Our research shows a high number of fragmented outlets are either underserved (for example, with limited direct coverage from sales reps or low access to promotions) or overserved (with the largest outlets receiving 80 visits from CPGs per week). Furthermore, the COVID-19 pandemic forced distributors and CPGs to reduce in-person interaction, making store owners more open to digital adoption. For example, at the peak of the pandemic, more than 75 percent of Chinese independent stores in Tier 3 cities or below used digital applications to place orders.
Attackers and incumbents alike are fueling the disruption
Around the world, four primary types of companies—both traditional players and new entrants—are seeking to disrupt the market with eB2B offerings (Exhibit 3):
- Digital start-ups. These companies are trying to capture the distribution margin pool, monetize data, and build their own product offerings in commoditized categories. These start-ups are sometimes an extension of B2C e-commerce companies and often act as marketplaces. Examples include Meicai and Alibaba LST in China, Udaan in India, Bukalapak in Indonesia, and Chiper and Quqo in Latin America.
- Cash and carry (C&C) operators. Operators are investing in eB2B to expand their customer base, enrich their value proposition to customers (for example, with delivery options), and increase their revenues through a marketplace model. They keep high-velocity products in their stores or warehouses but tend to use a dropship model for slower-rotation, “long tail” items. Companies such as METRO (in Europe) and Costco are examples of those operators opening marketplaces.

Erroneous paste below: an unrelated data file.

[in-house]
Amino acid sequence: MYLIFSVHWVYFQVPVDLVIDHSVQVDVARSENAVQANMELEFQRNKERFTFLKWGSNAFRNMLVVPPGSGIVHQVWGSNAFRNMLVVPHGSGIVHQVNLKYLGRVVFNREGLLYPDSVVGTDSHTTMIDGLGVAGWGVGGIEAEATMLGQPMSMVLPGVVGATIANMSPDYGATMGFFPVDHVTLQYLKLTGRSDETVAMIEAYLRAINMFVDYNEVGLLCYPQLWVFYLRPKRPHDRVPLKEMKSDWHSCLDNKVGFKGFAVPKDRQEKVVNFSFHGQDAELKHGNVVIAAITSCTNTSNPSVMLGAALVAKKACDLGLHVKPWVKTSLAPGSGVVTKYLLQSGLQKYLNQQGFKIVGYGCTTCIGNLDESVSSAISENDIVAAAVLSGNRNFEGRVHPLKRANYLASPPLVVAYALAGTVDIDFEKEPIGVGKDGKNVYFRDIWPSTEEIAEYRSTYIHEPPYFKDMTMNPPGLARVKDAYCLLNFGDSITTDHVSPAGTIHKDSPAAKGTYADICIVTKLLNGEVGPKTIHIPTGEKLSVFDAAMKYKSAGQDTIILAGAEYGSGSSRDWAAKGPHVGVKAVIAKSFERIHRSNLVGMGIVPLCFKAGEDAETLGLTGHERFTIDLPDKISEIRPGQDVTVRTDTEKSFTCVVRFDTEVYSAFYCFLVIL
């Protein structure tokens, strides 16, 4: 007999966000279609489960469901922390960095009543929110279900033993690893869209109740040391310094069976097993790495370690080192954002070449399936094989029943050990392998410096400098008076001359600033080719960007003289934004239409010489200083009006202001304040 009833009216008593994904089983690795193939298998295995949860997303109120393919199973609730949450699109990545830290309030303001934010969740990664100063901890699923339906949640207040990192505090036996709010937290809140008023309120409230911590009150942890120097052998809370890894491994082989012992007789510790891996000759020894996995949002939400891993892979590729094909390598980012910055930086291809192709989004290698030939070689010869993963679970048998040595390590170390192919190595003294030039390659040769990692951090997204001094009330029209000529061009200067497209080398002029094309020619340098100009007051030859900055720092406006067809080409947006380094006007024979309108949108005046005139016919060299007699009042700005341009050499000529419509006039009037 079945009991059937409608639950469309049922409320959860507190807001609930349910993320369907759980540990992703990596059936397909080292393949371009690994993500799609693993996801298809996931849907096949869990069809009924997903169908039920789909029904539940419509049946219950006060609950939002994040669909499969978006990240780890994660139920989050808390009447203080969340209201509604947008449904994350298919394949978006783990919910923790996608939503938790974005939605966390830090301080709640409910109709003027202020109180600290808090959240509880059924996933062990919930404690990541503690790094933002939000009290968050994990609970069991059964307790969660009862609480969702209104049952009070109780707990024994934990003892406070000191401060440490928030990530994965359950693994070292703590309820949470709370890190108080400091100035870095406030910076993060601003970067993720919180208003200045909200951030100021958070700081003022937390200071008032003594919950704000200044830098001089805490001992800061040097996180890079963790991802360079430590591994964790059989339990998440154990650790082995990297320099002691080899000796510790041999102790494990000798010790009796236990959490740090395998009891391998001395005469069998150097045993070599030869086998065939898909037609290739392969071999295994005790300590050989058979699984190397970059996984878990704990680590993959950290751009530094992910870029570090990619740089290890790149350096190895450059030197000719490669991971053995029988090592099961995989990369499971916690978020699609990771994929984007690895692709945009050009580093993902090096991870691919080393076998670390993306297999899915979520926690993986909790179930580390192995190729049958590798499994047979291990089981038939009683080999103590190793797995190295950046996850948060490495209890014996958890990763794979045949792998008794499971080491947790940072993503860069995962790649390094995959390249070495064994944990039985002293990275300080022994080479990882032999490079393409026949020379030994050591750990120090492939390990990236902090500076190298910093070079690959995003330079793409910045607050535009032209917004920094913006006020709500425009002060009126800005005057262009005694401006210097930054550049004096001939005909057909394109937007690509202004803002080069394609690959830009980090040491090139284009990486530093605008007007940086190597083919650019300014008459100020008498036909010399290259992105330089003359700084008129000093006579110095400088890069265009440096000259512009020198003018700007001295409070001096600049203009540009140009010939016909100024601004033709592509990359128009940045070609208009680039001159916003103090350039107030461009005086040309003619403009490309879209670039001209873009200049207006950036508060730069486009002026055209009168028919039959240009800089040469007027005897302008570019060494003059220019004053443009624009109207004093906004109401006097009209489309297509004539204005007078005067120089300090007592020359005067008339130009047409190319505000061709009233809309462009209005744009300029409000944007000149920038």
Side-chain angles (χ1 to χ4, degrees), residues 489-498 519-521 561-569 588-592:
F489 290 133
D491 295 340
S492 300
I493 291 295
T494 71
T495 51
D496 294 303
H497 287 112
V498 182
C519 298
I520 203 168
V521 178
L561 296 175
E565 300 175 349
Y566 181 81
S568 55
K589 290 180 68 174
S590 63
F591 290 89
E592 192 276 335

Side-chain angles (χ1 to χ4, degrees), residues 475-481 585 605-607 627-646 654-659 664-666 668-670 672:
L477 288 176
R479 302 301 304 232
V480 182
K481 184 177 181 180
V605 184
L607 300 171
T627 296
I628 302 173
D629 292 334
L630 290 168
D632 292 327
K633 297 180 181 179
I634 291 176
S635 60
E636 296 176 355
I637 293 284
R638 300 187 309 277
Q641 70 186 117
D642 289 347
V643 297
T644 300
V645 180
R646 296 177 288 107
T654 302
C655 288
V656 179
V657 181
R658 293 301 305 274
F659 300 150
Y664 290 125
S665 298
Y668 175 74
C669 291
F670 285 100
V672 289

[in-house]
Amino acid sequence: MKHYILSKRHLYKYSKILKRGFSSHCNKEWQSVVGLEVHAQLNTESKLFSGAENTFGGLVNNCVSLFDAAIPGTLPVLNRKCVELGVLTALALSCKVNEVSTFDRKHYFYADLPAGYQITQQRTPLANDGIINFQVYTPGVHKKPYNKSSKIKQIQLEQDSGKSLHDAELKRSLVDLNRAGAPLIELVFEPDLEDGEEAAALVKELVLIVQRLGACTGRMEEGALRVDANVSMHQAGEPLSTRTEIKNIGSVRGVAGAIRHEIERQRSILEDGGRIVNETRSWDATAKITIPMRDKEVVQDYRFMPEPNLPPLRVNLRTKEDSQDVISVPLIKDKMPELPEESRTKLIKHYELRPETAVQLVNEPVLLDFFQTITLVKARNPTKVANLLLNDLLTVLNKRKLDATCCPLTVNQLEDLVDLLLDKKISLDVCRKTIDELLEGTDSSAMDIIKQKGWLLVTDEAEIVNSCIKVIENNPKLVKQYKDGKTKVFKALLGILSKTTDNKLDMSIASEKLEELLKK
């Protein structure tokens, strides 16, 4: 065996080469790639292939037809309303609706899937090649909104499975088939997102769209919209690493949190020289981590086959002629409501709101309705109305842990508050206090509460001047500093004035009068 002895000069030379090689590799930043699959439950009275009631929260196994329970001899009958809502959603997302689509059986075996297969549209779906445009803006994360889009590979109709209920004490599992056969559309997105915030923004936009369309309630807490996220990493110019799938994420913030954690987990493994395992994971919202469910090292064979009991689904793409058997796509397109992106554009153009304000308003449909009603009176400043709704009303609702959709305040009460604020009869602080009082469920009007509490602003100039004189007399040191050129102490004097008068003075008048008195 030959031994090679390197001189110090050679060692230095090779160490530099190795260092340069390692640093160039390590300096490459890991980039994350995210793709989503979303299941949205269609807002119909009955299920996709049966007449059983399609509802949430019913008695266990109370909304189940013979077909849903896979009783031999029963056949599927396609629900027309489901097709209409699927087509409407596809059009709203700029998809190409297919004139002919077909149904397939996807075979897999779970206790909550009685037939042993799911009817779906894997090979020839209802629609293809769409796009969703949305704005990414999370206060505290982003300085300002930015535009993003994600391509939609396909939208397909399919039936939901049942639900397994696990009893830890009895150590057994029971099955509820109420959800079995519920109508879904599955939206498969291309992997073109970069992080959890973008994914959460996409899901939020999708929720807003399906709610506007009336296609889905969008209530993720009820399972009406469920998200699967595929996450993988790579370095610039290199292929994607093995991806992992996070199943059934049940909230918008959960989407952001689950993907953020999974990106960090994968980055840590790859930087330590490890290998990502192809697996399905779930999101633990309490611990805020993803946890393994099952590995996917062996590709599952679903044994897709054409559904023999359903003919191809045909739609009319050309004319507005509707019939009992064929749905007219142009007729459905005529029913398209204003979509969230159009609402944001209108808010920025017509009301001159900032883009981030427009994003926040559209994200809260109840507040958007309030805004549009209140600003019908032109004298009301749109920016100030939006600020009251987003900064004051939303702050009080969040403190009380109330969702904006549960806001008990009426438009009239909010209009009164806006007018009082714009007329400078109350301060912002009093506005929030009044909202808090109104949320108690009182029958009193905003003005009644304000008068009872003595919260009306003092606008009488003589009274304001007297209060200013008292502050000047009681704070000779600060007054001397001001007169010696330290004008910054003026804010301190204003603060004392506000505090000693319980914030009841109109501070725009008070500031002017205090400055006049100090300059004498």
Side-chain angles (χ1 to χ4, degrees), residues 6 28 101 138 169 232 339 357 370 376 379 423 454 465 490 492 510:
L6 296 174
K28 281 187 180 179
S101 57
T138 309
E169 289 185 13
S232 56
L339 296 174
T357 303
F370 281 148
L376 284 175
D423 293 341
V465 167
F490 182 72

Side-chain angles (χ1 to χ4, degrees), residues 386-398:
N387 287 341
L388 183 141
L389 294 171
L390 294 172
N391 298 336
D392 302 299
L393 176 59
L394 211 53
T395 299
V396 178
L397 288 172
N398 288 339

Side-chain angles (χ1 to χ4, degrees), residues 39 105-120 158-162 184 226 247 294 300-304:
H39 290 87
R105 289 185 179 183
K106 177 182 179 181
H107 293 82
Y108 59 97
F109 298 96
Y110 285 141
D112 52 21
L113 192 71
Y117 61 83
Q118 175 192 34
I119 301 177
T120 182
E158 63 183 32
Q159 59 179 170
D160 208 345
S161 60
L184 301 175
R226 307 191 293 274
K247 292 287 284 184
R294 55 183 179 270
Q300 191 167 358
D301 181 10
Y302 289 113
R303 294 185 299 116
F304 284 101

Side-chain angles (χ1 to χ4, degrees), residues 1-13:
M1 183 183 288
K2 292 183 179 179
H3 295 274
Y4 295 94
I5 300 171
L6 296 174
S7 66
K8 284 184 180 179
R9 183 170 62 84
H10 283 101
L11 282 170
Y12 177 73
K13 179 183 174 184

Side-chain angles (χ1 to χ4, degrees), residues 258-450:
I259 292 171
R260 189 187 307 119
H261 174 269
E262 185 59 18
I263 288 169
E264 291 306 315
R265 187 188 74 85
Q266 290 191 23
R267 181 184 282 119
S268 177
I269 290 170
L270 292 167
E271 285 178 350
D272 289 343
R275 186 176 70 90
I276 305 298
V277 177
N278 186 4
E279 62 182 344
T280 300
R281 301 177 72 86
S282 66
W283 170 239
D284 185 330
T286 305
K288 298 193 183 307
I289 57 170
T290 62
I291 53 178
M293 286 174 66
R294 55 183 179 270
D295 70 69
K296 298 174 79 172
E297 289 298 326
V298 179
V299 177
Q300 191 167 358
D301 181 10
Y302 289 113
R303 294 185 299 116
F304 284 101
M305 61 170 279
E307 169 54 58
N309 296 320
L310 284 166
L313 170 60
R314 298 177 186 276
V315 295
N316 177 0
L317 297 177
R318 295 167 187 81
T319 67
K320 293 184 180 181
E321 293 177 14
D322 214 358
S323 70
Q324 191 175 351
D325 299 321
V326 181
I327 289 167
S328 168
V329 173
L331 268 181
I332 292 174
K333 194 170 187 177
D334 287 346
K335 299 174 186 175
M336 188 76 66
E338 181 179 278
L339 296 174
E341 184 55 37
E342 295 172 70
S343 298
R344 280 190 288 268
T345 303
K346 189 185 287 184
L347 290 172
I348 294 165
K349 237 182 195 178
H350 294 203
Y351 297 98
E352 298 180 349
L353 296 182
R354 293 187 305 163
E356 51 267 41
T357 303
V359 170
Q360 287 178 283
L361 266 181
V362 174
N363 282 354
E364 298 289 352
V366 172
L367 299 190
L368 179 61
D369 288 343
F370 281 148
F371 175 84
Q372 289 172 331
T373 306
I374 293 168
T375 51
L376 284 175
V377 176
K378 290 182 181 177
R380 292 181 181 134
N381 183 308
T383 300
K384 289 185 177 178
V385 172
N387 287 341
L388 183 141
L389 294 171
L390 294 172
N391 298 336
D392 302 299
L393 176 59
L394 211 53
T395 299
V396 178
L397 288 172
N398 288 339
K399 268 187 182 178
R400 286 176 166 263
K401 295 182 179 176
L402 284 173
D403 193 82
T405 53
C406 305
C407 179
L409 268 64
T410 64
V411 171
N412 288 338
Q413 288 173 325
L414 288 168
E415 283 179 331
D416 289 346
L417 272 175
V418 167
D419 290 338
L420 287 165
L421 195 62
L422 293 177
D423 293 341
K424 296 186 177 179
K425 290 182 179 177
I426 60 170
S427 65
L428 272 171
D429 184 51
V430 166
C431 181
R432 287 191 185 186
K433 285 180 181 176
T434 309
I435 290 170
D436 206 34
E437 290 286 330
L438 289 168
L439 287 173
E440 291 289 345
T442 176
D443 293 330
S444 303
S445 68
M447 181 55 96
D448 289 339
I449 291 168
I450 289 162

- Distributors and wholesalers. These businesses are looking to expand their reach and gain efficiency through their sourcing prowess.
- Consumer-goods companies. These companies—especially those with well-developed distribution and a competitive cost structure for direct store delivery (DSD)—are seeking to go digital and create an eB2B offering beyond their own products. This strategy can reduce the costs of sending sales reps to the store and of delivery. Consumer-goods companies also see eB2B as an avenue in which they can achieve vertical distribution (by selling more products in the stores they already cover, thus becoming more relevant for the retailer) and install point-of-sale (POS) systems to gain access to data and execute targeted promotions. Examples include companies such as AB InBev, Unilever, Carlsberg, and Coca-Cola, all of which have tried to pioneer the eB2B space through proprietary platforms.
Increasingly, these offerings seem to be converging in what they offer and how the monetization plays out.